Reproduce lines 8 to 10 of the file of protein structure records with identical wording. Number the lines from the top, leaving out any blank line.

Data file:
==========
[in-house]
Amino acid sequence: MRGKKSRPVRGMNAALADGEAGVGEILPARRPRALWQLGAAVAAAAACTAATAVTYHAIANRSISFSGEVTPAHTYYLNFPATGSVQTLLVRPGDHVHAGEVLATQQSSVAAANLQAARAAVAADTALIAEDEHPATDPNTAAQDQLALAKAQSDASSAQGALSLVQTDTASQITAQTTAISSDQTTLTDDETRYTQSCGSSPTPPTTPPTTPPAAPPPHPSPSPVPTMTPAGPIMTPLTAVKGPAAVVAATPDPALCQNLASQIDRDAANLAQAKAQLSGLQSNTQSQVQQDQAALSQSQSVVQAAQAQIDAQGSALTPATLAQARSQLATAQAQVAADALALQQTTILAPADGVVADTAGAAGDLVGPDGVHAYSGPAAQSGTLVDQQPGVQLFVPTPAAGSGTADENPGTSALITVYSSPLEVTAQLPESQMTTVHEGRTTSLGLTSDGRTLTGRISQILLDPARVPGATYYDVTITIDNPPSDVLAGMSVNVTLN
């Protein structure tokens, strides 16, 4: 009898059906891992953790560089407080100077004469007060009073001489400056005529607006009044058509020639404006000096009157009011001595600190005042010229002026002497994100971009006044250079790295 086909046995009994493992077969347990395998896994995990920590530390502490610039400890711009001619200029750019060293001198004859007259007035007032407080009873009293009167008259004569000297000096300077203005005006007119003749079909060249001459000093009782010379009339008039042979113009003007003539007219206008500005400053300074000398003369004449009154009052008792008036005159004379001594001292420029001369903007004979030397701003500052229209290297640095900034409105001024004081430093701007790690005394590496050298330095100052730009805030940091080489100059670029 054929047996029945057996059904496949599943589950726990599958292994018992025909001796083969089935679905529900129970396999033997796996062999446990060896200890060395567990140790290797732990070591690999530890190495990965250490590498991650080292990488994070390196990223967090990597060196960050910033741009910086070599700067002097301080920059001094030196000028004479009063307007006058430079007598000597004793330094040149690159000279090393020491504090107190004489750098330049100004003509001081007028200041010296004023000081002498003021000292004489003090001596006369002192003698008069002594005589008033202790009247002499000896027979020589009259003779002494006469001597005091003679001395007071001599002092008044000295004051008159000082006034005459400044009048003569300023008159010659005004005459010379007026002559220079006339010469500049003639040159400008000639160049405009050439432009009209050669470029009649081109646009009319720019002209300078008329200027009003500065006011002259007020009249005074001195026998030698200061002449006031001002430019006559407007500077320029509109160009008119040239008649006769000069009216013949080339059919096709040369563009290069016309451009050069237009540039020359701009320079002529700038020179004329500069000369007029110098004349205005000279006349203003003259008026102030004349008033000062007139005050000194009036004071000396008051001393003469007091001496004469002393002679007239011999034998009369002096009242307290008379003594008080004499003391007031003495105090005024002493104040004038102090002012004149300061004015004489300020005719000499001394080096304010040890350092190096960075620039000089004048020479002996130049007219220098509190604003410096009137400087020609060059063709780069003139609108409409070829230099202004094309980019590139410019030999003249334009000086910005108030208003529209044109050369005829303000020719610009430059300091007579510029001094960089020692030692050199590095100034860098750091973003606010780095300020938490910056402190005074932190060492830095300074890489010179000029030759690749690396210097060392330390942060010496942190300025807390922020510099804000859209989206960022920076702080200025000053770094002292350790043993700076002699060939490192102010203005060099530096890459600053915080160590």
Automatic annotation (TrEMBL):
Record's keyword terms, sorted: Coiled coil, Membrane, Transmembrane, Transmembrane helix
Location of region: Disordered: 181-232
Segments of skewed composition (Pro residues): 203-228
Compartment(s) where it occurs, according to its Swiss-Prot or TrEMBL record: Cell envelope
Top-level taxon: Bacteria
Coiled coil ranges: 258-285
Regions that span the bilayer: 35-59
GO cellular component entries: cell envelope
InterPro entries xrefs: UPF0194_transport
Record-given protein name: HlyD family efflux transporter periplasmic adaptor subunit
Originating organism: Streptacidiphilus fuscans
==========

Compartment(s) where it occurs, according to its Swiss-Prot or TrEMBL record: Cell envelope
Top-level taxon: Bacteria
Coiled coil ranges: 258-285